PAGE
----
The best thing you can do for your field is get your damn writing done, get tenure, become famous, acquire influence at your institution in a way that all those suits in the administration understand, and go someplace where the institution is committed to your intellectual commitments.
OUR RESEARCH-1 TRAINING, OURSELVES
What Tenured Radical says is all true. However: what if your situation is that if you do not do the many things it takes to get students to stay in your field long enough to take senior level courses, so that at least some of your senior courses make, you will not have majors (or many majors), so that your major will be cut and you, too, due to program reduction (in standard fields like Chemistry and Physics, and booming ones like Spanish)?
Because that can and does happen here, and if you are an assistant professor fired for that reason, you only get three months’ notice.
One reason it was physically impossible for us to run off to research land (the closest library with access to the MLA bibliography was fifty miles away) with any ease was that we had five teaching days per week with courses mornings and late afternoons. Since the program was in such a shambles, we were also required to teach a lot of independent study students in addition to our regular loads, for purposes of graduating enough majors per year. It really was not looked well upon to refuse.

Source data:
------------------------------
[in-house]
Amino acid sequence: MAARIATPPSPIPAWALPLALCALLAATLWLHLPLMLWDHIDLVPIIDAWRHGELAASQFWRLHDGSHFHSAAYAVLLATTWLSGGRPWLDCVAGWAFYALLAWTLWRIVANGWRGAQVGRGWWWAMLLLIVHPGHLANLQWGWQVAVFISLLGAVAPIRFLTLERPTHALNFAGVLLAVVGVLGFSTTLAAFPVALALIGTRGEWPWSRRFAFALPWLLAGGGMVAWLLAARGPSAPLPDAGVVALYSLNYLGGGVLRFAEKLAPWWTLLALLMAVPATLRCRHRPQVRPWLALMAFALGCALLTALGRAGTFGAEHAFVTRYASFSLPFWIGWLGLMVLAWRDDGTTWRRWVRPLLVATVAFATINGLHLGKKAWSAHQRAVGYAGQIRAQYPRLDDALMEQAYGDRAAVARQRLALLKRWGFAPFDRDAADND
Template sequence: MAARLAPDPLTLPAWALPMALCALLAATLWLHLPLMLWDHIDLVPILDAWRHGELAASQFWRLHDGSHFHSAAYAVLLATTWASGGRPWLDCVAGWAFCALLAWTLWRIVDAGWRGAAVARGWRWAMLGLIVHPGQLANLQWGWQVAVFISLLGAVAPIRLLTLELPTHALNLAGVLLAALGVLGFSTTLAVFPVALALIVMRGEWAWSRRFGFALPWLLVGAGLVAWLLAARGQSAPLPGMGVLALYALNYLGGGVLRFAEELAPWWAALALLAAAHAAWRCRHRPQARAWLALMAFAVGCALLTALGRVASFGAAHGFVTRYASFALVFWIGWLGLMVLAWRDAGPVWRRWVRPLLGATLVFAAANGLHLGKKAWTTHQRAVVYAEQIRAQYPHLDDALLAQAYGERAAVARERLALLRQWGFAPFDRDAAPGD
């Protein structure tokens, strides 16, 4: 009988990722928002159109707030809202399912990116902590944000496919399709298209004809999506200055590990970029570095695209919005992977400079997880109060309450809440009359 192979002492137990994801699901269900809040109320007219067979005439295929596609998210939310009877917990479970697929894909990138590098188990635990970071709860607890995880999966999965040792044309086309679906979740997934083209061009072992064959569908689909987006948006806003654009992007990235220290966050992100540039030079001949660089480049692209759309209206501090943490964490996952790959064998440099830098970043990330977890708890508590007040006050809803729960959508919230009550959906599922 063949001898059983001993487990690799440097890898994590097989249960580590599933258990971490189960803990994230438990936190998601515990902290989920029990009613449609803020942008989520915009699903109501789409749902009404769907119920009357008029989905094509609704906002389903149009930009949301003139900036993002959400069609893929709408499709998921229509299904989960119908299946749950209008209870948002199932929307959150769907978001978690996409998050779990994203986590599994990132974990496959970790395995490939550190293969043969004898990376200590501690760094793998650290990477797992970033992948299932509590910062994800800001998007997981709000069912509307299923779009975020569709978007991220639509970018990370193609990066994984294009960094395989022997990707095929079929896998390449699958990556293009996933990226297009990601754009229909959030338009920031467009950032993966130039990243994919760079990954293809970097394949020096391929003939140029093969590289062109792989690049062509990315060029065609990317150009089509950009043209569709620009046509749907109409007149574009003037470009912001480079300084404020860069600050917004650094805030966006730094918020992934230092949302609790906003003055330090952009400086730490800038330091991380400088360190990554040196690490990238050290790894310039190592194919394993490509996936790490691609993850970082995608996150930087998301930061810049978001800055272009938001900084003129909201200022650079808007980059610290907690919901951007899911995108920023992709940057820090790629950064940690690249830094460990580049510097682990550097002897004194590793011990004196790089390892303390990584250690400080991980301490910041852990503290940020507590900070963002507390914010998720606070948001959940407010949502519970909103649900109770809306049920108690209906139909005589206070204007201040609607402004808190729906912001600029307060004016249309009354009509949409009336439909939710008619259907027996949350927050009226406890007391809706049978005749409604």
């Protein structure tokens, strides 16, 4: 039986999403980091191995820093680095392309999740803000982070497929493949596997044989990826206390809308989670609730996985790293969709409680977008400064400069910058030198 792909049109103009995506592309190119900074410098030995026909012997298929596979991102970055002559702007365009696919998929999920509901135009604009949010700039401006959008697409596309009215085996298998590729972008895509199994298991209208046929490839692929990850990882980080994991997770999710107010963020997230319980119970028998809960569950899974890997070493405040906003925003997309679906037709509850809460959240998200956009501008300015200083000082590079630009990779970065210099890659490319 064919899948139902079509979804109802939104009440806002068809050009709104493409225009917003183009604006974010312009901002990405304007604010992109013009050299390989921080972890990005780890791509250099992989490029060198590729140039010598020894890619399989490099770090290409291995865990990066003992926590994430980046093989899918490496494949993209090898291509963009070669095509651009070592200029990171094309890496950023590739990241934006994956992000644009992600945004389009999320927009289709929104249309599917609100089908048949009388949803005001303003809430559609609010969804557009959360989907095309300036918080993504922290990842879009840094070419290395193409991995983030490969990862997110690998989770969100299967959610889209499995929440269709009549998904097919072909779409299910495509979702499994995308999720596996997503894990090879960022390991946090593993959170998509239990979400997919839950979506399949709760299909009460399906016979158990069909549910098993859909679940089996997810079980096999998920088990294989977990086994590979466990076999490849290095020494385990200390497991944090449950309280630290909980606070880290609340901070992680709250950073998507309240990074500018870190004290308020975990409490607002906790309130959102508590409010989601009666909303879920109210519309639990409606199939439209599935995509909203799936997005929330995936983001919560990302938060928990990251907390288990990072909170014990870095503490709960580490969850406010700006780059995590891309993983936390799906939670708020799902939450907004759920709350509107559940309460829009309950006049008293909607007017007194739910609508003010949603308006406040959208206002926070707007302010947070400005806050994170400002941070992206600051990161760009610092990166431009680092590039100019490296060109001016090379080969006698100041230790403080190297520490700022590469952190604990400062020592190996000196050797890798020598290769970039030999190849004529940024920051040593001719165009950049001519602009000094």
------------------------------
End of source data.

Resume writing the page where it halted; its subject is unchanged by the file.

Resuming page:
That was why we got so involved in curriculum reform and course scheduling — so that we COULD start running away to research land.
Do you see how we got caught in mega grant writing and program building? Do you see how, after spending thousands on the job market and on books whose purchase was cheaper than the drive to see a library copy would have been, and always being candidate #2 on the short short list (note how the job market is ALSO a distraction from research), we finally thought we might be wiser to improve the garden we were already in?
Was there a way around this without being independently wealthy or being part of a double income couple, which none of us were? Is there a way around it now?